Intergenerational projects provide so many benefits to participants and organizers that advocates for shared spaces wanted to find out why there weren’t more available in the United States. A report from Generations United and The Eisner Foundation examines some of challenges that could be inhibiting growth of such projects and venues and makes four recommendations.
- Raise awareness of the benefits of intergenerational interaction
- Encourage funding for these types of projects
- Coordinate nationally to measure impact
- Connect people working in this field with each other
You can download the full report, read more and listen to a podcast from this online page.
I found this report from the UK’s Centre for Better Ageing really interesting! An old age problem? How society shapes and reinforces negative attitudes to ageing.
In examining the most common words and phrases used to describe seniors, the Centre found predominantly negative associations. As well as destructive associations linked to portrayals of older adults as causes of crises in health and social care and pension funds, the unhelpful construction of competition between boomers and millenials adds to the overall perception of aging as something to be avoided or ignored. Which is not possible.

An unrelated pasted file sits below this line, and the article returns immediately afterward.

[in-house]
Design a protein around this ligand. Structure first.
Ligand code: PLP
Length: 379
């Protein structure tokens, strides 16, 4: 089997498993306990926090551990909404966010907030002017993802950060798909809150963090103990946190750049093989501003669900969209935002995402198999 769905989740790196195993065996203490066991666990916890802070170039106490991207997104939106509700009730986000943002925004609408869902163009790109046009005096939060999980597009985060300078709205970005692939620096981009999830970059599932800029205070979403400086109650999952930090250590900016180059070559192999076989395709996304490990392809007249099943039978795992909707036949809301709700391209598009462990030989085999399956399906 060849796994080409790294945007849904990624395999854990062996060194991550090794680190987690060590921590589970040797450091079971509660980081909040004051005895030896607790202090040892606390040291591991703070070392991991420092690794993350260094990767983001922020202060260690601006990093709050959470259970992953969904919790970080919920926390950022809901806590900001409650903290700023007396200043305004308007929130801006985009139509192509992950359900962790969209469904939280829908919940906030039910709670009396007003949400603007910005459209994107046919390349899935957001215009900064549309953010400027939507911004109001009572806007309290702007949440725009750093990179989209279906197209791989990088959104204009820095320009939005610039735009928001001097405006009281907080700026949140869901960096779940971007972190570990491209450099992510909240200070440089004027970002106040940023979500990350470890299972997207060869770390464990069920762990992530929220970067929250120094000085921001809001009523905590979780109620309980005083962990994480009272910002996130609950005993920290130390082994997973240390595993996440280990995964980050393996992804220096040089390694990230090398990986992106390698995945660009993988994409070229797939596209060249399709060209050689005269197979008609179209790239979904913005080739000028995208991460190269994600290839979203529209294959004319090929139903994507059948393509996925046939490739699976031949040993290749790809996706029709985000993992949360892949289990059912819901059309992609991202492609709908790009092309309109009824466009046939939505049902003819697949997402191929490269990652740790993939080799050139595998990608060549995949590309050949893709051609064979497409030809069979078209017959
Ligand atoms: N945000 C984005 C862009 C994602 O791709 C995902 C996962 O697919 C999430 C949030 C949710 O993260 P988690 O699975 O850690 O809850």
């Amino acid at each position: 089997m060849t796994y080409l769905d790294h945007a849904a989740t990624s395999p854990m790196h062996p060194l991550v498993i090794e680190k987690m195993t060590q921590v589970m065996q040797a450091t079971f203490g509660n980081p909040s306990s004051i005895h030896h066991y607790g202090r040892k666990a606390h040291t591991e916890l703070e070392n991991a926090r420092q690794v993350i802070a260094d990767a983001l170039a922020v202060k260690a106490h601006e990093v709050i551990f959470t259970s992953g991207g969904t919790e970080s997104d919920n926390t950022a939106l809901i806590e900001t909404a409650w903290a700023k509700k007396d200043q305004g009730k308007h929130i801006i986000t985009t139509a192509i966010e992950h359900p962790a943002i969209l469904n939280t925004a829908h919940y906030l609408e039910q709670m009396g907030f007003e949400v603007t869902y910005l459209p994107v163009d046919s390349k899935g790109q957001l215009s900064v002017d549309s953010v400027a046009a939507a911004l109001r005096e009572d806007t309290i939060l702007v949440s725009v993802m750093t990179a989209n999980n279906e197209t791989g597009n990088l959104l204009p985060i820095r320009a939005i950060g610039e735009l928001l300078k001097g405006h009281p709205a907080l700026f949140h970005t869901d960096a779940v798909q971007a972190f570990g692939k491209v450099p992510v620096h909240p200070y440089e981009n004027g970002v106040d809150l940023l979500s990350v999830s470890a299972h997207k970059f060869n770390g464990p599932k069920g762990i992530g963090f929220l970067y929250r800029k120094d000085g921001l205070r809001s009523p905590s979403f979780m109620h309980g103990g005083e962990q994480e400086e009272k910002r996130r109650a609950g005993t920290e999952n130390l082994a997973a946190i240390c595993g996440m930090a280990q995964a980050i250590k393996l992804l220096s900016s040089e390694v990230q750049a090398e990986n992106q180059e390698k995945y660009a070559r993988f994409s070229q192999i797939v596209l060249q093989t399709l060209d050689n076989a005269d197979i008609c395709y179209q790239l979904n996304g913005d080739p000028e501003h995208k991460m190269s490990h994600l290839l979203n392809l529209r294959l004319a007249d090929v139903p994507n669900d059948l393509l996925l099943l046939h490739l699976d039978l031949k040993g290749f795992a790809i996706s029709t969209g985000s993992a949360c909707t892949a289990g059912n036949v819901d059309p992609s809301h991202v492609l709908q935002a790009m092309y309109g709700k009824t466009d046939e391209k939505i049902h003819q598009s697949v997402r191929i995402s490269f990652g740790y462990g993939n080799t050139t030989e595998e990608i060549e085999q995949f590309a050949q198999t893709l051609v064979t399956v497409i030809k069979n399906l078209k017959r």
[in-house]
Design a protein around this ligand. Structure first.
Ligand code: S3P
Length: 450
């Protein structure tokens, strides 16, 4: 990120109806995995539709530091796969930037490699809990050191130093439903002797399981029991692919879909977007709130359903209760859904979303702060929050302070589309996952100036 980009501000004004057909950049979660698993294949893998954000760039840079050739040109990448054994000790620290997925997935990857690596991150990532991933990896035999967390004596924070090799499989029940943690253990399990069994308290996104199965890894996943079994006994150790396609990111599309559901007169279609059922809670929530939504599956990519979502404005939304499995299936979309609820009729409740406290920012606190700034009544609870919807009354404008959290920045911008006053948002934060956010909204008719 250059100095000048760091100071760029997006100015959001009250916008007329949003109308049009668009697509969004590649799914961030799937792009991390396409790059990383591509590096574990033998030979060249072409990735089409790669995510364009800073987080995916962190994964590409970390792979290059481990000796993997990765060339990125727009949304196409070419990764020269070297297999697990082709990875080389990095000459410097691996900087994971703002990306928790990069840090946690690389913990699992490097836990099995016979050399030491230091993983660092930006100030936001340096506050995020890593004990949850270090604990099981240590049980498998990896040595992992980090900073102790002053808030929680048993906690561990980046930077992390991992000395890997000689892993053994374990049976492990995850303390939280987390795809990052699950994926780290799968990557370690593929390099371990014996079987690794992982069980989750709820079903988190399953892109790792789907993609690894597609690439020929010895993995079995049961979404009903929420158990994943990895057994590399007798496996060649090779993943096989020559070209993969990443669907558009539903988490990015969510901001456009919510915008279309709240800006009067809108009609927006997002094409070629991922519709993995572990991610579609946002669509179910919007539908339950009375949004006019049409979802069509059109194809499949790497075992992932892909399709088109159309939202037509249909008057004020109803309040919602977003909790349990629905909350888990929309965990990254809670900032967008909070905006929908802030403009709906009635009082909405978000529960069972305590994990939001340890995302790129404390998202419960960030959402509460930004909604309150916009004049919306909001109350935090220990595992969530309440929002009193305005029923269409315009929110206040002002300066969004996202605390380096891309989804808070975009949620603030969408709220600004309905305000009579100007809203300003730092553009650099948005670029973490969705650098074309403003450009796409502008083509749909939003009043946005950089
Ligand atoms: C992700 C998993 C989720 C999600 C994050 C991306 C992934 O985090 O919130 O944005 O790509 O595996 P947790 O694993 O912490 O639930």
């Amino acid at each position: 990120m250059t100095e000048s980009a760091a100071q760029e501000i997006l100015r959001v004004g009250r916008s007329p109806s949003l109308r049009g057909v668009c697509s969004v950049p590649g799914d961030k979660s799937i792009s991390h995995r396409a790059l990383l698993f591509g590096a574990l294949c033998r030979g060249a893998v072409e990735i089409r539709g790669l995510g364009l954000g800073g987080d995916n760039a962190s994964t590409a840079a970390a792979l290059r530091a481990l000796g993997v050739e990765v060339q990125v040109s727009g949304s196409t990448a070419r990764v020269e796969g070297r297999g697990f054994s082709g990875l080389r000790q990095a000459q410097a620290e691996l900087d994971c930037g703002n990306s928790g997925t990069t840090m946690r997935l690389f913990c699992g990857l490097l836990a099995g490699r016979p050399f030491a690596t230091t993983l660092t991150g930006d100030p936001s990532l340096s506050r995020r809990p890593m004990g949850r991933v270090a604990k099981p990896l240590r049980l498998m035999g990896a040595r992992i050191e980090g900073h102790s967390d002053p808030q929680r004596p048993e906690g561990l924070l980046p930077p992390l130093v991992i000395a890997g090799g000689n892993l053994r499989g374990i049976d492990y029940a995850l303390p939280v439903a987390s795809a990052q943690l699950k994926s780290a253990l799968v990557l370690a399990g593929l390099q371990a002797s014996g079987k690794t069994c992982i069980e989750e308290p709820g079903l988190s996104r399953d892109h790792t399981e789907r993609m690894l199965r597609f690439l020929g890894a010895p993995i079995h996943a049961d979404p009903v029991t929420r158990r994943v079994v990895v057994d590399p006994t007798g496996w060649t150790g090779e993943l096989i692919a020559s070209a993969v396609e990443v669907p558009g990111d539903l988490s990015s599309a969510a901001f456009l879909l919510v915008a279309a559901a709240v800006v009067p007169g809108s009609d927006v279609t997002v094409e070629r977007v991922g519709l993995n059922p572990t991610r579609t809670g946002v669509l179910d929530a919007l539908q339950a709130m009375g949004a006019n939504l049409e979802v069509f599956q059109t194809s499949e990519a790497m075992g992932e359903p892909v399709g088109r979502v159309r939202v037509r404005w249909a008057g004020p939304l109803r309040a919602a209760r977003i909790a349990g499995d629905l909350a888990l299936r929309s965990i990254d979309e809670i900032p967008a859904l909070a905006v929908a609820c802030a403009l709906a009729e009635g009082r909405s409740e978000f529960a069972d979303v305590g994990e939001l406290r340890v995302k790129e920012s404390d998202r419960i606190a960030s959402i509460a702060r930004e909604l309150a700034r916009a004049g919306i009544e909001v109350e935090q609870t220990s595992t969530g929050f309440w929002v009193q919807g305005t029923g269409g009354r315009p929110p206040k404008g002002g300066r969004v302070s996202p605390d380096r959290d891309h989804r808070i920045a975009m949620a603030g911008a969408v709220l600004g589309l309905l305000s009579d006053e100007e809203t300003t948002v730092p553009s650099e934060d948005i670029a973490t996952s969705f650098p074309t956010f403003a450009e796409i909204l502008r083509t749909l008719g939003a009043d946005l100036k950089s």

This helped me as a reminder to more carefully weigh my words and continue to work on my goal of finding more positive ways of speaking and communicating. We can always disagree respectfully as well as discuss difficult topics in a constructive manner and is probably something most of us are always working on! So many parts of life are works in progress!
More information on the research and the full report is available online here.
To add a bit of fun and inspiration to your day, read through the AARP Minnesota 50 Over 50 list and Slate magazine’s 80 Over 80 celebration of the influence of seniors on every aspect of our lives.